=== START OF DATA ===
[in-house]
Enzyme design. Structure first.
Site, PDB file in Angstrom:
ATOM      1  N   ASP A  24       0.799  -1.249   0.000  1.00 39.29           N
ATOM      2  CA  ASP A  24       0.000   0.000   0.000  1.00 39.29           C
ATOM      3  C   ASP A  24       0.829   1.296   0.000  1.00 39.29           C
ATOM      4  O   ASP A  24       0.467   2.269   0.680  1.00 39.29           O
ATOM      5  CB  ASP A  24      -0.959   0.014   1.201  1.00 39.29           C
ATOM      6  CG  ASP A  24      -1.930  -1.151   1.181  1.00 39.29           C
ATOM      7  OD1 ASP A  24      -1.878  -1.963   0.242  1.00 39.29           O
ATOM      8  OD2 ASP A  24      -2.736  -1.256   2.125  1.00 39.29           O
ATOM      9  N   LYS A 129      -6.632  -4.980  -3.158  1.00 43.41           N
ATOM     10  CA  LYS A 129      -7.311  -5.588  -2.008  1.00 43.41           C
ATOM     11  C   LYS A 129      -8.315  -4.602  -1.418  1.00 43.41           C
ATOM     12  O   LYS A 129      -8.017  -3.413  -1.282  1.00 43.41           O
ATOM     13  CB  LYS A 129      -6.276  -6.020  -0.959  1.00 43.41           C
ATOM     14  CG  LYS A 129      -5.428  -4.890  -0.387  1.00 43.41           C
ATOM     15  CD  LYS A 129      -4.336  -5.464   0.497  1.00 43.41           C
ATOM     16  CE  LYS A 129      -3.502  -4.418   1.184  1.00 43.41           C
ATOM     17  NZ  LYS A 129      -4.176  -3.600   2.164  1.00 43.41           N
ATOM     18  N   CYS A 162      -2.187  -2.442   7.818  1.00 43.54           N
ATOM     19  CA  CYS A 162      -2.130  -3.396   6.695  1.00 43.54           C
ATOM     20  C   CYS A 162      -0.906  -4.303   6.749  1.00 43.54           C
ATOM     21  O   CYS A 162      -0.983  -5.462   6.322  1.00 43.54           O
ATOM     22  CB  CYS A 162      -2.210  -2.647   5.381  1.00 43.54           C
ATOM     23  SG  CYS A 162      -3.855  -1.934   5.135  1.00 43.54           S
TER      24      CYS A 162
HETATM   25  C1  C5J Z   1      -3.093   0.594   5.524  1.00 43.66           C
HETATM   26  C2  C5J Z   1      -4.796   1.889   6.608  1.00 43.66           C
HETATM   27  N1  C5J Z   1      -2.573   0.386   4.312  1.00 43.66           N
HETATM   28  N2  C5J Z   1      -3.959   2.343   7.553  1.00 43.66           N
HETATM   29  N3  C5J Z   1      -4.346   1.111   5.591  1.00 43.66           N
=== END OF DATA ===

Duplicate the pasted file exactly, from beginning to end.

[in-house]
Enzyme design. Structure first.
Site, PDB file in Angstrom:
ATOM      1  N   ASP A  24       0.799  -1.249   0.000  1.00 39.29           N
ATOM      2  CA  ASP A  24       0.000   0.000   0.000  1.00 39.29           C
ATOM      3  C   ASP A  24       0.829   1.296   0.000  1.00 39.29           C
ATOM      4  O   ASP A  24       0.467   2.269   0.680  1.00 39.29           O
ATOM      5  CB  ASP A  24      -0.959   0.014   1.201  1.00 39.29           C
ATOM      6  CG  ASP A  24      -1.930  -1.151   1.181  1.00 39.29           C
ATOM      7  OD1 ASP A  24      -1.878  -1.963   0.242  1.00 39.29           O
ATOM      8  OD2 ASP A  24      -2.736  -1.256   2.125  1.00 39.29           O
ATOM      9  N   LYS A 129      -6.632  -4.980  -3.158  1.00 43.41           N
ATOM     10  CA  LYS A 129      -7.311  -5.588  -2.008  1.00 43.41           C
ATOM     11  C   LYS A 129      -8.315  -4.602  -1.418  1.00 43.41           C
ATOM     12  O   LYS A 129      -8.017  -3.413  -1.282  1.00 43.41           O
ATOM     13  CB  LYS A 129      -6.276  -6.020  -0.959  1.00 43.41           C
ATOM     14  CG  LYS A 129      -5.428  -4.890  -0.387  1.00 43.41           C
ATOM     15  CD  LYS A 129      -4.336  -5.464   0.497  1.00 43.41           C
ATOM     16  CE  LYS A 129      -3.502  -4.418   1.184  1.00 43.41           C
ATOM     17  NZ  LYS A 129      -4.176  -3.600   2.164  1.00 43.41           N
ATOM     18  N   CYS A 162      -2.187  -2.442   7.818  1.00 43.54           N
ATOM     19  CA  CYS A 162      -2.130  -3.396   6.695  1.00 43.54           C
ATOM     20  C   CYS A 162      -0.906  -4.303   6.749  1.00 43.54           C
ATOM     21  O   CYS A 162      -0.983  -5.462   6.322  1.00 43.54           O
ATOM     22  CB  CYS A 162      -2.210  -2.647   5.381  1.00 43.54           C
ATOM     23  SG  CYS A 162      -3.855  -1.934   5.135  1.00 43.54           S
TER      24      CYS A 162
HETATM   25  C1  C5J Z   1      -3.093   0.594   5.524  1.00 43.66           C
HETATM   26  C2  C5J Z   1      -4.796   1.889   6.608  1.00 43.66           C
HETATM   27  N1  C5J Z   1      -2.573   0.386   4.312  1.00 43.66           N
HETATM   28  N2  C5J Z   1      -3.959   2.343   7.553  1.00 43.66           N
HETATM   29  N3  C5J Z   1      -4.346   1.111   5.591  1.00 43.66           N